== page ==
A fitness instructor led an aerobic warmup on a stage at the start line. I joined in, doing butt kickers, high knees, hip rotations and a little stretching. Then, before I realized what was happening, I heard, “Go!” And we were off.
We 10K participants moved like a slow tide through the start. The fast people found their way to the front. As we ran through the streets of Kingston, we watched the sun come up over walls tumbling with orange, pink and white bougainvillea. The course highlighted Kingston landmarks. We started off running through the grounds of Devon House, the beautifully landscaped acreage of George Stiebel, Jamaica’s first black millionaire, serenaded by the chirps of early morning birds. A couple kilometers later, we passed Bob Marley’s house, now a museum. Half marathoners got all the way to the city’s botanic garden.
Since I’d never run further than a 5K, I didn’t think I’d run the whole way. But coming up to kilometer 4, it looked like a long slow grade to kilometer 5. If I could make it to the turnaround, I’d cruise back on a downhill grade, which should be easy. I started to think maybe I could do my slow jog all the way to the finish line.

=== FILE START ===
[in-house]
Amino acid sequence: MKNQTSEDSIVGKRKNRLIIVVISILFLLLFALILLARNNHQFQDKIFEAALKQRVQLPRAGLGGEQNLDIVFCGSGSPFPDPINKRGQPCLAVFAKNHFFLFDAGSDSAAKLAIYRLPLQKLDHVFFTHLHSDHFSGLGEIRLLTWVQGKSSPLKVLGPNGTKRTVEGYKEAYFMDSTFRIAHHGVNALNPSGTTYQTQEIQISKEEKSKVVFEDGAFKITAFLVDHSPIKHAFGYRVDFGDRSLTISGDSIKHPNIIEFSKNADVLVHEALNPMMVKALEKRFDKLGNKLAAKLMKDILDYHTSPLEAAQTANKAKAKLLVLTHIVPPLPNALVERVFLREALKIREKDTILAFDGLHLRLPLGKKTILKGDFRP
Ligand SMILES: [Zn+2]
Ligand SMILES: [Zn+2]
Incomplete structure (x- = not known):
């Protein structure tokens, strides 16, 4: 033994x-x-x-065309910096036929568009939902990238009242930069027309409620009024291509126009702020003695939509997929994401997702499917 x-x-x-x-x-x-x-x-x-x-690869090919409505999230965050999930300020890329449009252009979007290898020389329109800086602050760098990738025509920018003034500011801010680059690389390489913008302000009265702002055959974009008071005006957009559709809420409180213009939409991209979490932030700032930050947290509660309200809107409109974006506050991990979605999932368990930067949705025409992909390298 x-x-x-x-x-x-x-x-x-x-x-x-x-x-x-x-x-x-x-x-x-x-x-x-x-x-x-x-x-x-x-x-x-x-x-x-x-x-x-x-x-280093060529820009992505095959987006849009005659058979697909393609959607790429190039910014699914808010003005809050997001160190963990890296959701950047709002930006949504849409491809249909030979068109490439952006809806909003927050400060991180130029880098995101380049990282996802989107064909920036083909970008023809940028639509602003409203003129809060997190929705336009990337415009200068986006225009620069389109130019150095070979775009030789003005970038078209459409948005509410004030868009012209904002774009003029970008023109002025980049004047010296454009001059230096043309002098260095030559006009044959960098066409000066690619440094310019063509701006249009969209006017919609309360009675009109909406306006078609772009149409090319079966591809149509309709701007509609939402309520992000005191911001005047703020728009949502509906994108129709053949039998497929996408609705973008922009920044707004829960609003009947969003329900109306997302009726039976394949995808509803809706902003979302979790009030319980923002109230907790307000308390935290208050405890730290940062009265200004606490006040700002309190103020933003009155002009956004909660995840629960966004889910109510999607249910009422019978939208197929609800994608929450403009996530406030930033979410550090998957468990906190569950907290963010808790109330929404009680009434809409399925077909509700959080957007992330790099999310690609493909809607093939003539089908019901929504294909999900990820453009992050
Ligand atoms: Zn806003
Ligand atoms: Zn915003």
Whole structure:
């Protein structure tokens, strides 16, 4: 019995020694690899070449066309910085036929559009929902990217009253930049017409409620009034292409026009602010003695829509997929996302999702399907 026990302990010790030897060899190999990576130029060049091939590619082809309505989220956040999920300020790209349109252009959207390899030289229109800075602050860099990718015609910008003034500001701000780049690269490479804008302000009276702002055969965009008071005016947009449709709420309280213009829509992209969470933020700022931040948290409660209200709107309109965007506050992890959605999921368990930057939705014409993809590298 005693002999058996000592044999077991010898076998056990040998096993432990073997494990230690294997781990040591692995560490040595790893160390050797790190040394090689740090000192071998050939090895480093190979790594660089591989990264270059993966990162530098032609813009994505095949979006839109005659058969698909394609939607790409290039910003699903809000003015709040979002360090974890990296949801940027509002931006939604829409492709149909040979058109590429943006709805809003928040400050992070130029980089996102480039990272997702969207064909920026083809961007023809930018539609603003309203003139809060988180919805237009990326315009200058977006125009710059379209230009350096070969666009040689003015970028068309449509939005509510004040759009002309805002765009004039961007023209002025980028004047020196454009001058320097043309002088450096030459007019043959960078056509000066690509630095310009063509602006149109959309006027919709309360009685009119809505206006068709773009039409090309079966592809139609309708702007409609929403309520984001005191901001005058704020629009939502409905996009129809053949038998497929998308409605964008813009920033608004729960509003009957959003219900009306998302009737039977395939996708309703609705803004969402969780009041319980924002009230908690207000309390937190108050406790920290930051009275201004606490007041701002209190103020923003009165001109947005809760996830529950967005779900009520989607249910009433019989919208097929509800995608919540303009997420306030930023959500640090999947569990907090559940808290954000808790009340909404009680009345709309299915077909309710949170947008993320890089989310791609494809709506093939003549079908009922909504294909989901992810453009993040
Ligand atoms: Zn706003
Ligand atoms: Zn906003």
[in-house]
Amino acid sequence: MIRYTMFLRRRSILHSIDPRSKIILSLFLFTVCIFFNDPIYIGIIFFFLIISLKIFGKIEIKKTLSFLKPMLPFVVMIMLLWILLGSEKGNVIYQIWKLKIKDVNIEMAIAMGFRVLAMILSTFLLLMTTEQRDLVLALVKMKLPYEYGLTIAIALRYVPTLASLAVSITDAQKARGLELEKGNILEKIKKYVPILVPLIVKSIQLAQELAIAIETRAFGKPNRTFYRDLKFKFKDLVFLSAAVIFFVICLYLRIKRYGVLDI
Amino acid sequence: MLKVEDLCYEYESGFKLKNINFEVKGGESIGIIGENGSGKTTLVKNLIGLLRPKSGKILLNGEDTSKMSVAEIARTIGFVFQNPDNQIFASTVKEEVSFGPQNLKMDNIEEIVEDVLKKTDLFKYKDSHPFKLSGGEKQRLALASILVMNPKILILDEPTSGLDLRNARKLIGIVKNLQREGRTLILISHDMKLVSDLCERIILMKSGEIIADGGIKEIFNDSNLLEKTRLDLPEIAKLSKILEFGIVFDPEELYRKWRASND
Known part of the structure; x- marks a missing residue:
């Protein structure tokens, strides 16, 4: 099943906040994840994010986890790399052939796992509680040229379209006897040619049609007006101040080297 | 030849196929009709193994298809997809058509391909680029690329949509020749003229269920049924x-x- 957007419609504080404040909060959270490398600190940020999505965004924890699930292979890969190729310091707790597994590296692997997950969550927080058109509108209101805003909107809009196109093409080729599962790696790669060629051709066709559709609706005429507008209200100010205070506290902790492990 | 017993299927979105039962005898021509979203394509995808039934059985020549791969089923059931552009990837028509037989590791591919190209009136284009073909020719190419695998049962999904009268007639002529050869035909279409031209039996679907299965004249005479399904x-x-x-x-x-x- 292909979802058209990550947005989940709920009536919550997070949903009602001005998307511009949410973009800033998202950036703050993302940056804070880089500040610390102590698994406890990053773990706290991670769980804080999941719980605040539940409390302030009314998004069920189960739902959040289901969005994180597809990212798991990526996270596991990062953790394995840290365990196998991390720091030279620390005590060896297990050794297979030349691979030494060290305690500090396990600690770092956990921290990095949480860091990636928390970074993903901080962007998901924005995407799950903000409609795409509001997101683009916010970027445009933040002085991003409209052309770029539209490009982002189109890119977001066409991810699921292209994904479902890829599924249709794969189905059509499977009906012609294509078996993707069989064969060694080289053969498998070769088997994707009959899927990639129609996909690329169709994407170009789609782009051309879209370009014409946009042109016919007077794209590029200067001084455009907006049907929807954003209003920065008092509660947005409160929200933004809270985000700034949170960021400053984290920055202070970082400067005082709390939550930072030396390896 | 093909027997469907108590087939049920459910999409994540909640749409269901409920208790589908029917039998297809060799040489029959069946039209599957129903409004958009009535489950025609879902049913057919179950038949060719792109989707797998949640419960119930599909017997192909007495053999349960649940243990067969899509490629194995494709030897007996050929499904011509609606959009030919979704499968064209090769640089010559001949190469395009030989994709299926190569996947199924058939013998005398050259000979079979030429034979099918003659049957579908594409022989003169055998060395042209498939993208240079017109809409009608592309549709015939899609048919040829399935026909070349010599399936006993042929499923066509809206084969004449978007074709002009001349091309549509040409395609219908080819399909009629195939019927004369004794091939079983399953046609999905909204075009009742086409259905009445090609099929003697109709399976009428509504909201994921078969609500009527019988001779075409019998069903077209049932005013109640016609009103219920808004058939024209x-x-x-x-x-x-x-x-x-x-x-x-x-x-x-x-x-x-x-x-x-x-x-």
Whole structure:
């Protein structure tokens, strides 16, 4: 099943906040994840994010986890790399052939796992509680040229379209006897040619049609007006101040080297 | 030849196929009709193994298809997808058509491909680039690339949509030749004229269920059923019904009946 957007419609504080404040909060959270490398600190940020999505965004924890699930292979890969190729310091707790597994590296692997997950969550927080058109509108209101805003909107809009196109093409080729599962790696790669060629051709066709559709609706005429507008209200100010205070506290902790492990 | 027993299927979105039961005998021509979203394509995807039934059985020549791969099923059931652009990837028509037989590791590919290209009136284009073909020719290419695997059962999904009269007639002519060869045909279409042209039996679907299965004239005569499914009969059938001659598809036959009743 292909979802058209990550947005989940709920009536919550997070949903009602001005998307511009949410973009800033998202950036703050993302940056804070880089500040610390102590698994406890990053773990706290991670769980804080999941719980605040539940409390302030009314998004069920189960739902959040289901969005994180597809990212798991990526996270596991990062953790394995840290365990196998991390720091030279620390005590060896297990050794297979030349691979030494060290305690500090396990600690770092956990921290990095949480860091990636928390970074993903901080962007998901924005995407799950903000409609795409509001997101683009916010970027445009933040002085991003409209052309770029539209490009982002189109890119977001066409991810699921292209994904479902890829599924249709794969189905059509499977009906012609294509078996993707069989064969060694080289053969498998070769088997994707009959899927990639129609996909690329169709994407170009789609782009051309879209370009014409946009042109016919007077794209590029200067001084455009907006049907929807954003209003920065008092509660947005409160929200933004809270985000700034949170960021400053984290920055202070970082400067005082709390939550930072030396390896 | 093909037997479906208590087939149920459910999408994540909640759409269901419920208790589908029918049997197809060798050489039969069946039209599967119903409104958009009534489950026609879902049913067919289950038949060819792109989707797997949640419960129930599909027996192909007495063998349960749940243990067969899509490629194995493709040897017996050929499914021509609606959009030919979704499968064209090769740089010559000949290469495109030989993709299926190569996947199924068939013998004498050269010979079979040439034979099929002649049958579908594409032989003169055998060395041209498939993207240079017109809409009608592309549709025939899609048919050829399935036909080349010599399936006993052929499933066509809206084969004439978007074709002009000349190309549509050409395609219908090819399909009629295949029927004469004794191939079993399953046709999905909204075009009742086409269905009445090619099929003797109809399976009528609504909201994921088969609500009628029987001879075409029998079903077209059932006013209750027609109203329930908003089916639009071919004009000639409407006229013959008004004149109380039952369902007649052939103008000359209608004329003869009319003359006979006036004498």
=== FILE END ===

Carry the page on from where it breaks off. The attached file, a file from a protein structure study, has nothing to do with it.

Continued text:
Hundreds of people went into making the Kingston City Run happen, some in official capacities like race marshals that pointed the way, others volunteers that distributed water and sweet drinks to runners as we passed by. I especially appreciated the little groups of people standing on corners encouraging us. Even if they were out to support specific friends who were running, I took their encouragement to heart.
By the sixth kilometer, right when I was thinking maybe I should walk, a woman passed me with a shirt that said “Don’t tell me you can’t” written on the back. I thanked her for the motivational message. She turned back for a second and said to me, “Yes, you can do it,” in her soft Jamaican accent. I kept repeating it in my head like a mantra.
Around the eighth kilometer, I somehow caught up to Lisa, my tourist board hostess. She slowed her pace so we could do the last couple of kilometers together. Around the ninth kilometer, I told her I’d never run this far in my life. She looked aghast. “Now you tell me?!” Fortunately, she only had to worry about me collapsing for that last kilometer. I was starting to feel faint and dehydrated. Then we saw the finish line. Lisa ran ahead of me, cheering me on just like they do for each other in her running club, yelling, “Come on, Teresa, give it everything you’ve got!”